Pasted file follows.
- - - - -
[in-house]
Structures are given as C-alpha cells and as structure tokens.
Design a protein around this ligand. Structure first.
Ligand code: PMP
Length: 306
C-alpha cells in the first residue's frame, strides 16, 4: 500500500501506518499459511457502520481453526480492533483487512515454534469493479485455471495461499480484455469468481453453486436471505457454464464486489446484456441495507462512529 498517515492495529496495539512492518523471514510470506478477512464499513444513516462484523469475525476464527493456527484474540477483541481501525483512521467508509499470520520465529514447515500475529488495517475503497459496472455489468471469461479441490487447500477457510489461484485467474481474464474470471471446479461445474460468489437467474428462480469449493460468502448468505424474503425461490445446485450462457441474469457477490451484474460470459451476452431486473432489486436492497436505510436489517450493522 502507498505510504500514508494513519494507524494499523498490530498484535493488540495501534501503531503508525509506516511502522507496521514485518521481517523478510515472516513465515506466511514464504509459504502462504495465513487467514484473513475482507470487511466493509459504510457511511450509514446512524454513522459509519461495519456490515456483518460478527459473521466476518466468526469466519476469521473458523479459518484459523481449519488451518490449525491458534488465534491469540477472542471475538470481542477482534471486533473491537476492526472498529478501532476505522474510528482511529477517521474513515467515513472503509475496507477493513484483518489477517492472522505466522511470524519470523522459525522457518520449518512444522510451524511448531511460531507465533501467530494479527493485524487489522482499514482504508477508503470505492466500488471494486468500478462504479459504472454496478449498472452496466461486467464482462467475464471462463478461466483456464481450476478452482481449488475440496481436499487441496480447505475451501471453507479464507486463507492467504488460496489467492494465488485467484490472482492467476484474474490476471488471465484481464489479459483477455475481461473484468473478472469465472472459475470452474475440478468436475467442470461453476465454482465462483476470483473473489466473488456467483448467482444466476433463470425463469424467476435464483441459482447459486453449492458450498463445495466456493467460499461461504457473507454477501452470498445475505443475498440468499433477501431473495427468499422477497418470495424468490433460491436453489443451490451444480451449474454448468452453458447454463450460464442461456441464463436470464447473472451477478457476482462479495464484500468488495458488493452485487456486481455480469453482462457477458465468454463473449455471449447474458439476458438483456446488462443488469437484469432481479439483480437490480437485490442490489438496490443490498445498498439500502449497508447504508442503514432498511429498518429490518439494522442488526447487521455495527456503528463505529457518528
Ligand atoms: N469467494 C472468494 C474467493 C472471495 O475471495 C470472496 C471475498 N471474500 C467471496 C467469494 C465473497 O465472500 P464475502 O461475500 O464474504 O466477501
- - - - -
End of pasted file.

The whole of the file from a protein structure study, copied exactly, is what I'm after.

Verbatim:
[in-house]
Structures are given as C-alpha cells and as structure tokens.
Design a protein around this ligand. Structure first.
Ligand code: PMP
Length: 306
C-alpha cells in the first residue's frame, strides 16, 4: 500500500501506518499459511457502520481453526480492533483487512515454534469493479485455471495461499480484455469468481453453486436471505457454464464486489446484456441495507462512529 498517515492495529496495539512492518523471514510470506478477512464499513444513516462484523469475525476464527493456527484474540477483541481501525483512521467508509499470520520465529514447515500475529488495517475503497459496472455489468471469461479441490487447500477457510489461484485467474481474464474470471471446479461445474460468489437467474428462480469449493460468502448468505424474503425461490445446485450462457441474469457477490451484474460470459451476452431486473432489486436492497436505510436489517450493522 502507498505510504500514508494513519494507524494499523498490530498484535493488540495501534501503531503508525509506516511502522507496521514485518521481517523478510515472516513465515506466511514464504509459504502462504495465513487467514484473513475482507470487511466493509459504510457511511450509514446512524454513522459509519461495519456490515456483518460478527459473521466476518466468526469466519476469521473458523479459518484459523481449519488451518490449525491458534488465534491469540477472542471475538470481542477482534471486533473491537476492526472498529478501532476505522474510528482511529477517521474513515467515513472503509475496507477493513484483518489477517492472522505466522511470524519470523522459525522457518520449518512444522510451524511448531511460531507465533501467530494479527493485524487489522482499514482504508477508503470505492466500488471494486468500478462504479459504472454496478449498472452496466461486467464482462467475464471462463478461466483456464481450476478452482481449488475440496481436499487441496480447505475451501471453507479464507486463507492467504488460496489467492494465488485467484490472482492467476484474474490476471488471465484481464489479459483477455475481461473484468473478472469465472472459475470452474475440478468436475467442470461453476465454482465462483476470483473473489466473488456467483448467482444466476433463470425463469424467476435464483441459482447459486453449492458450498463445495466456493467460499461461504457473507454477501452470498445475505443475498440468499433477501431473495427468499422477497418470495424468490433460491436453489443451490451444480451449474454448468452453458447454463450460464442461456441464463436470464447473472451477478457476482462479495464484500468488495458488493452485487456486481455480469453482462457477458465468454463473449455471449447474458439476458438483456446488462443488469437484469432481479439483480437490480437485490442490489438496490443490498445498498439500502449497508447504508442503514432498511429498518429490518439494522442488526447487521455495527456503528463505529457518528
Ligand atoms: N469467494 C472468494 C474467493 C472471495 O475471495 C470472496 C471475498 N471474500 C467471496 C467469494 C465473497 O465472500 P464475502 O461475500 O464474504 O466477501